The peacemaker

Jaffna’s Bishop, Rt. Rev. Dr. Thomas Saundaranayagam, reflects on Jaffna’s earlier relationship with the south, the ruptures that threatened it, and the potential for reconciliation. Photography by Kannan Arunasalam.

Join the discussion: 4 comments

  • Kannan Arunasalam says:

    We dropped in at the Bishop’s House on a leafy road just outside Jaffna town. The gatekeeper told us that the Bishop was in Mannar and wouldn’t be back until late in the evening. So we decided to visit St Mary’s Cathedral, built in 1789, just next door and then took a short walk to St Martin’s Seminary, where the Bishop had schooled. These charming old buildings, full of history, have thankfully survived the war.

    The next morning I telephoned Bishop’s House to see if he had returned. While I waited for the Bishop to take the phone, I tried to think how one should address a bishop. I had never spoken to one before and was so nervous that the obvious eluded me. I had gotten used to calling all the senior men I had met in Jaffna “uncle”, that I’m sure I called the Bishop “uncle” a couple of times during our telephone conversation.  Would he still agree to an interview with this blundering fool?  The Bishop ignored these slips, and we arranged to meet at his house later that day.

    The Bishop greeted me warmly, but there was no time for pleasantries. The Bishop took his work seriously and we went straight into the interview. He talked about the church’s role in giving the ordinary people a voice during the years of war and now, in facing contemporary challenges for the people of Jaffna. The Church gave him the confidence to stand up to anyone that threatened the freedoms of the powerless. You had to admire his dedication, but I was determined to get the Bishop to loosen up a bit, to talk more about himself, and not just the about problems for the Jaffna man and woman. After all, I had come to talk about his life in connection to the wider events he spoke about.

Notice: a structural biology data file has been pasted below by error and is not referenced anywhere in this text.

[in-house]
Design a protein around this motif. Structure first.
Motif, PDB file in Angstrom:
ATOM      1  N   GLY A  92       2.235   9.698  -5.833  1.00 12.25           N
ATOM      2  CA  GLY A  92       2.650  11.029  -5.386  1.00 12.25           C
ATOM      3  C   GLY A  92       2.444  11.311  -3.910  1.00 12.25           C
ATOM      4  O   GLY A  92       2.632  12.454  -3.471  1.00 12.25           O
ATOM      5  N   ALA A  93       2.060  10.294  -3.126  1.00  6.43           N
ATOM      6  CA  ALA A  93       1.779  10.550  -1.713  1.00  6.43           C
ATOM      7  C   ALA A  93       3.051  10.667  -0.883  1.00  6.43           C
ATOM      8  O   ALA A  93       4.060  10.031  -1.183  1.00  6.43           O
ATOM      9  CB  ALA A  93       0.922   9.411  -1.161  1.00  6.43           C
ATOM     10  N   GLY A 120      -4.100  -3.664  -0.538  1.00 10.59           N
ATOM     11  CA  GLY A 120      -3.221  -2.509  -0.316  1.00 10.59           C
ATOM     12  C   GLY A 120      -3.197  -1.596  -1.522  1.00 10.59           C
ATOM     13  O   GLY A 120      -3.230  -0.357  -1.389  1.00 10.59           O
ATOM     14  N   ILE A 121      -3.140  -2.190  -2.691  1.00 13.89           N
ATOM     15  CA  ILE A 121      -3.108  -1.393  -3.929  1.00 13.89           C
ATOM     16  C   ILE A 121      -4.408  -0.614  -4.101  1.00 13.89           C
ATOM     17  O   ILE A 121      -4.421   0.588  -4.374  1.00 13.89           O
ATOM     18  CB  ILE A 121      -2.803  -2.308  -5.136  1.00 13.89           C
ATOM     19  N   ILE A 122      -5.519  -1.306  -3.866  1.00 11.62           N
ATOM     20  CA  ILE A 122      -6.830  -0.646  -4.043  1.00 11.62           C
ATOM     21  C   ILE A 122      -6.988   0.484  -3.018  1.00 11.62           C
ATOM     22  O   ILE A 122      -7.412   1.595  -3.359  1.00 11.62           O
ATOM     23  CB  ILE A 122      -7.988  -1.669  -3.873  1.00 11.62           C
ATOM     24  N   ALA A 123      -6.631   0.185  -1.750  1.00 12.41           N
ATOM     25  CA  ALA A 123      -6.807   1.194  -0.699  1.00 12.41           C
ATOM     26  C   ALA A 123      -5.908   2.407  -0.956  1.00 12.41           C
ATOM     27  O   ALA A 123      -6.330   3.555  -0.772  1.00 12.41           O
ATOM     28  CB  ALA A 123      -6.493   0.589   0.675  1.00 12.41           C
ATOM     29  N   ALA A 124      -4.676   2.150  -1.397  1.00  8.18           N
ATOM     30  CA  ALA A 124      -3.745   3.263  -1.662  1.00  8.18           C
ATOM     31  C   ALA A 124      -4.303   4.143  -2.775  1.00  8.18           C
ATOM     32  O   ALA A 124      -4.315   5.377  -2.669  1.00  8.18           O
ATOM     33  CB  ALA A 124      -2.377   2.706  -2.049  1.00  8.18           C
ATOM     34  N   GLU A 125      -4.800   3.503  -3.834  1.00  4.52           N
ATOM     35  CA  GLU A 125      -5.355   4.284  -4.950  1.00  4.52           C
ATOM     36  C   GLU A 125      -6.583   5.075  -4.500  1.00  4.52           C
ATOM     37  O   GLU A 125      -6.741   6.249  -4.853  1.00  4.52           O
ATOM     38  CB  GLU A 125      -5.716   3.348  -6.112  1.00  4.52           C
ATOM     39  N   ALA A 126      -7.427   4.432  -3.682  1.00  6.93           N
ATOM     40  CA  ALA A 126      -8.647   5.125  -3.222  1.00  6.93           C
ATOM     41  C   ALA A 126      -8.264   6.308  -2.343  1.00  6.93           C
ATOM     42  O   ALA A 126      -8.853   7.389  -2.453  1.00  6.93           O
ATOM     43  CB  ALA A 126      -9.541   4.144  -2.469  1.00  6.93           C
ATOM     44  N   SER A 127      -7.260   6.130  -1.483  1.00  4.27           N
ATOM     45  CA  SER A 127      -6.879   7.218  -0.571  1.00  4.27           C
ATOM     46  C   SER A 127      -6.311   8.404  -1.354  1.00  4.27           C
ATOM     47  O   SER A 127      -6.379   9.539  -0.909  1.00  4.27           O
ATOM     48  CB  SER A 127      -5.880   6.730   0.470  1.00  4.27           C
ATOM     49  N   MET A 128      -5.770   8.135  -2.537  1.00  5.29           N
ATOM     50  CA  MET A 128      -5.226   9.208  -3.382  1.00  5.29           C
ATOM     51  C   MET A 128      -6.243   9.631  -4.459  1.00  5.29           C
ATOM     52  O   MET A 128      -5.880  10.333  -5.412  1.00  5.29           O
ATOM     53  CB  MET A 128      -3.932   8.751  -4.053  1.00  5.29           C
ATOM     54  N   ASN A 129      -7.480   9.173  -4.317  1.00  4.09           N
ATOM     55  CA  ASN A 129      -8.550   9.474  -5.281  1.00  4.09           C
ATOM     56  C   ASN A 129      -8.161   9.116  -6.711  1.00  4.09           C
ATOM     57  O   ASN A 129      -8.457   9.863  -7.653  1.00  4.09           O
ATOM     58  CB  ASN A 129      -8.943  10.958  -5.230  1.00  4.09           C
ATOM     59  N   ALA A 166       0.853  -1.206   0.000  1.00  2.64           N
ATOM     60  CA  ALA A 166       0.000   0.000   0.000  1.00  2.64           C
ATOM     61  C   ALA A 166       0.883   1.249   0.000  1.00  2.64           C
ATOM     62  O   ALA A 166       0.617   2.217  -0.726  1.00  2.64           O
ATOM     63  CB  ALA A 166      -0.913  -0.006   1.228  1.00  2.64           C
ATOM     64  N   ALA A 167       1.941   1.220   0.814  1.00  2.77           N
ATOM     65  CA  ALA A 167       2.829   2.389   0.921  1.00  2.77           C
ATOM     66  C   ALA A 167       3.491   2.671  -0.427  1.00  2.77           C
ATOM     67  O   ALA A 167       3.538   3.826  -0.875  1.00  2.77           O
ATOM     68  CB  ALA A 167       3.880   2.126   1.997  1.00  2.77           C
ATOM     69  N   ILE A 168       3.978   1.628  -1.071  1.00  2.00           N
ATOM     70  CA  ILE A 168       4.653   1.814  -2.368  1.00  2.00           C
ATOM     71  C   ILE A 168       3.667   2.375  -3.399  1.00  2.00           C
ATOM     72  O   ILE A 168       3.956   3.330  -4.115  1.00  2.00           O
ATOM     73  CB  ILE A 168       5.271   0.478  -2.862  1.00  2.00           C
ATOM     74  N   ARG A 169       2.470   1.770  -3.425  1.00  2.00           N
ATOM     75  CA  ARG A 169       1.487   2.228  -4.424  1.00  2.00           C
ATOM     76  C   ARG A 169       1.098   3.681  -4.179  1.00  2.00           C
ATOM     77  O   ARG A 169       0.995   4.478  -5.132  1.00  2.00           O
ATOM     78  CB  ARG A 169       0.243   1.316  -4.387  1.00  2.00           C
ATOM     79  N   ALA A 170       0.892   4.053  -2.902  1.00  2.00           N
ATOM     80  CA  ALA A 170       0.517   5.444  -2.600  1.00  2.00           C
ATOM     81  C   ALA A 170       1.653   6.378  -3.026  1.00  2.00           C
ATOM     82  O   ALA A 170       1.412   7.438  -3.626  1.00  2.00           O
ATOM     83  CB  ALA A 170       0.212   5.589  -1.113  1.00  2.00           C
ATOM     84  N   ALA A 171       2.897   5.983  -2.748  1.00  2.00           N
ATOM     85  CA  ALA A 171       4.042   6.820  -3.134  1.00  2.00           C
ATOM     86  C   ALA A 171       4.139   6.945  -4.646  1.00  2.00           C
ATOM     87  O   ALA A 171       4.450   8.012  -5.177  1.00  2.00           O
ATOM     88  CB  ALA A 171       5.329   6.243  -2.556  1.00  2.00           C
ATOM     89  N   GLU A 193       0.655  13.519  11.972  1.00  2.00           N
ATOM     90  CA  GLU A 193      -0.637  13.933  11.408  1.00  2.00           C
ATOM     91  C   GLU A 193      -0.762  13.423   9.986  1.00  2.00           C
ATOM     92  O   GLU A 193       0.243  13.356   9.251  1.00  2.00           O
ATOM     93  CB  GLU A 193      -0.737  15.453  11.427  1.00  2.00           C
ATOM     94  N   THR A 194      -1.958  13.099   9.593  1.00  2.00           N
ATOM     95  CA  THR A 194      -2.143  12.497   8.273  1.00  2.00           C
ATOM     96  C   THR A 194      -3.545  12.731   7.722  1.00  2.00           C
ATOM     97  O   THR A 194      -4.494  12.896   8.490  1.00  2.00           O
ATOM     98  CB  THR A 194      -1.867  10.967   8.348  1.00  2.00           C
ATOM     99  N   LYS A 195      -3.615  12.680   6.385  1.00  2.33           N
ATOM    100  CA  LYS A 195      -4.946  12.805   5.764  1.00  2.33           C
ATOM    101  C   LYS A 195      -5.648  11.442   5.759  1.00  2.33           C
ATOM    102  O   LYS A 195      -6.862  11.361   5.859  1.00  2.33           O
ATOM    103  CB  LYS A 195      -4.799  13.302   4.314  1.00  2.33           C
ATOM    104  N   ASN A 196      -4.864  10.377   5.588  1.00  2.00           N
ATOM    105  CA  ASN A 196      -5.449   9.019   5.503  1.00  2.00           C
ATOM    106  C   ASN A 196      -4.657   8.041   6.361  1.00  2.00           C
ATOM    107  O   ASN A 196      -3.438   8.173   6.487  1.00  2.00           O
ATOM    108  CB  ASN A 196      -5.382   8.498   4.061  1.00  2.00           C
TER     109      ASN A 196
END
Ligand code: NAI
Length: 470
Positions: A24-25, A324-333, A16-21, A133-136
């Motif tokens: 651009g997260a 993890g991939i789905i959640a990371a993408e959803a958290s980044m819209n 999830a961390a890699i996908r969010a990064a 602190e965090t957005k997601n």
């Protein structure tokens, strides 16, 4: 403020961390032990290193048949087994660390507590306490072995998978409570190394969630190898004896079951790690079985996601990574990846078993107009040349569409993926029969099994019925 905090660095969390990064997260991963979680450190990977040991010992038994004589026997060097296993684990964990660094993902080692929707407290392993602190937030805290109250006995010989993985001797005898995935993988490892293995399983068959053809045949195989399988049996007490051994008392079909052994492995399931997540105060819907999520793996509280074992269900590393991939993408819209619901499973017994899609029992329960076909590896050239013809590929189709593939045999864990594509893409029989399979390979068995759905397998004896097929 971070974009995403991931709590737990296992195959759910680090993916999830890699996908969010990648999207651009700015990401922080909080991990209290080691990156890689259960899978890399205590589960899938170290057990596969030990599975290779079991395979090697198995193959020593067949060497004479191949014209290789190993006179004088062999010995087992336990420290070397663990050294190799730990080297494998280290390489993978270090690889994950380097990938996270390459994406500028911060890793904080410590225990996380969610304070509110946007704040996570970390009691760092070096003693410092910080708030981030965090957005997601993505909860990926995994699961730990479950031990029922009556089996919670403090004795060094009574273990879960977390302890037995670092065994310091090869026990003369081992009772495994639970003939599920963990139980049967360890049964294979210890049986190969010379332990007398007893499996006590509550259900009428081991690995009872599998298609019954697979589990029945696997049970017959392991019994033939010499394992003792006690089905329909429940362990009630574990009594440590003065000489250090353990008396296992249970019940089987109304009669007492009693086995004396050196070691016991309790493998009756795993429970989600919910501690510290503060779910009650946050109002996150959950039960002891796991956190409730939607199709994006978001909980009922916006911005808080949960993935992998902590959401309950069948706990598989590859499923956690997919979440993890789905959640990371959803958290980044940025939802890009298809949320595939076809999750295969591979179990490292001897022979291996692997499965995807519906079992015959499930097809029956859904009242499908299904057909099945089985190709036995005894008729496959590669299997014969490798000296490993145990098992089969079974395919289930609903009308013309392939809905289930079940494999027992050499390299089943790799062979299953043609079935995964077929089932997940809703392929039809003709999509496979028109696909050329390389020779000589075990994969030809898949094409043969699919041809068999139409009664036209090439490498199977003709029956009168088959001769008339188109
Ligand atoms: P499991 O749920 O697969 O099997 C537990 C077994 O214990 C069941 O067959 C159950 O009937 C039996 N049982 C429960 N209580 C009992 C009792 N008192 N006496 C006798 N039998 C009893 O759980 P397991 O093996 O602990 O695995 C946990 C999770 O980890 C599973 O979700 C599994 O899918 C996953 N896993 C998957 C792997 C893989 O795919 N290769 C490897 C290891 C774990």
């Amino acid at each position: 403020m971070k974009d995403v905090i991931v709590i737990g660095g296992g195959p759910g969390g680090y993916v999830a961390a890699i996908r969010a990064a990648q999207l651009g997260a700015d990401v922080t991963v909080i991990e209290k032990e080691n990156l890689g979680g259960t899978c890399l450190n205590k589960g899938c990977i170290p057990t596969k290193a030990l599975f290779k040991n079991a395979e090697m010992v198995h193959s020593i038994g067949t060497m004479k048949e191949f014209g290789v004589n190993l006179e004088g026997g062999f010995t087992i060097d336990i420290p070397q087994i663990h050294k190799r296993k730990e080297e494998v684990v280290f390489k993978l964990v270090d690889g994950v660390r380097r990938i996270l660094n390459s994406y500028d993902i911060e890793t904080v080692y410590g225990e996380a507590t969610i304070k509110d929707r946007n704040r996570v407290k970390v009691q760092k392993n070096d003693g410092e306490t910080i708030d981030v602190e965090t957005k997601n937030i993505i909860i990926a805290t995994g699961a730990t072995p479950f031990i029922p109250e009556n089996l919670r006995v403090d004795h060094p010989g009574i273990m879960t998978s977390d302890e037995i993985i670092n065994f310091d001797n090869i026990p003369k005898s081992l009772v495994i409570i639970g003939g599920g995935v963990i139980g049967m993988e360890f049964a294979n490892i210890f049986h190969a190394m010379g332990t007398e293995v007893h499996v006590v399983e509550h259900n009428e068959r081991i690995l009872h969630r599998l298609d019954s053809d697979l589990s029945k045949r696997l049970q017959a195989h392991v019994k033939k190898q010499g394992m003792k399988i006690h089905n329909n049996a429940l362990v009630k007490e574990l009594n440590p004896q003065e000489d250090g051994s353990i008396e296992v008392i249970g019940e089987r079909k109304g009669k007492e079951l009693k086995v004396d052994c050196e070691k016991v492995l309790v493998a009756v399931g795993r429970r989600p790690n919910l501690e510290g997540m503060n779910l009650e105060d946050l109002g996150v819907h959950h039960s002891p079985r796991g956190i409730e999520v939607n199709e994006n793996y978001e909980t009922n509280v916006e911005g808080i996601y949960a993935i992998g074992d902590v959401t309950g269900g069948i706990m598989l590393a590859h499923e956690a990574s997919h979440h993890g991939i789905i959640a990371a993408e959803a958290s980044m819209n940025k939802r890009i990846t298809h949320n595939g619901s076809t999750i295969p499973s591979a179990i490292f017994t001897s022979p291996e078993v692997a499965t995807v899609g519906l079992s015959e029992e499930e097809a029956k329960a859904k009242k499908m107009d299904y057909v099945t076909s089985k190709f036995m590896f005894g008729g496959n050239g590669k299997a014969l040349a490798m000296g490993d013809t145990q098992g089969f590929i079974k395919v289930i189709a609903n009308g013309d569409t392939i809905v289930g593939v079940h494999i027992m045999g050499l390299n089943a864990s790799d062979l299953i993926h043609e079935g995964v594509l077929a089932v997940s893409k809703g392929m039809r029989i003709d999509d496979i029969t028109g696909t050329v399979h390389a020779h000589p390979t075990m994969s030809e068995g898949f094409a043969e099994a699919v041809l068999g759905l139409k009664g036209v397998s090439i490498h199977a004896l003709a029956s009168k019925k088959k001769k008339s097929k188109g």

The Bishop dropped his guard just once. After asking him why he decided to join the church as a young man, I asked him whether he had always wanted to be a bishop. Admittedly it was a rather silly question, but it seemed to work. With a little childlike chuckle, the Bishop went on to explain to me how it works in the church and opened up a little for the rest of the interview.

  • Priyanthi says:

    “no anxiety, no conflict, no competition’ – think we tend to forget the last.

  • Nelum Gamage says:

    I visited Jaffna four times.
    As a school girl.
    During the Ceasefire Agreement.
    Then in July and October this year.
    My visits were not limited to Jaffna town as such.
    I did visit the Mullaitivu jungles as well.

    I have an important observation to make.

    The youth in the north are still not into drugs, casinos and other forms of corruption prevalent elsewhere (I may be corrected if I am wrong).

    The elders in these areas, including the religious leaders, should see that situation does not change. It was heartening to read in Jehan Perera’s recent writing on his website that certain well known business groups are to create job opportunities in the north. But that may take time and may be too late.

  • (@iam_project) (@iam_project) says:

    Wishing everyone a happy and peaceful Christmas. Listen to the Jaffna bishop’s story: #lka elders


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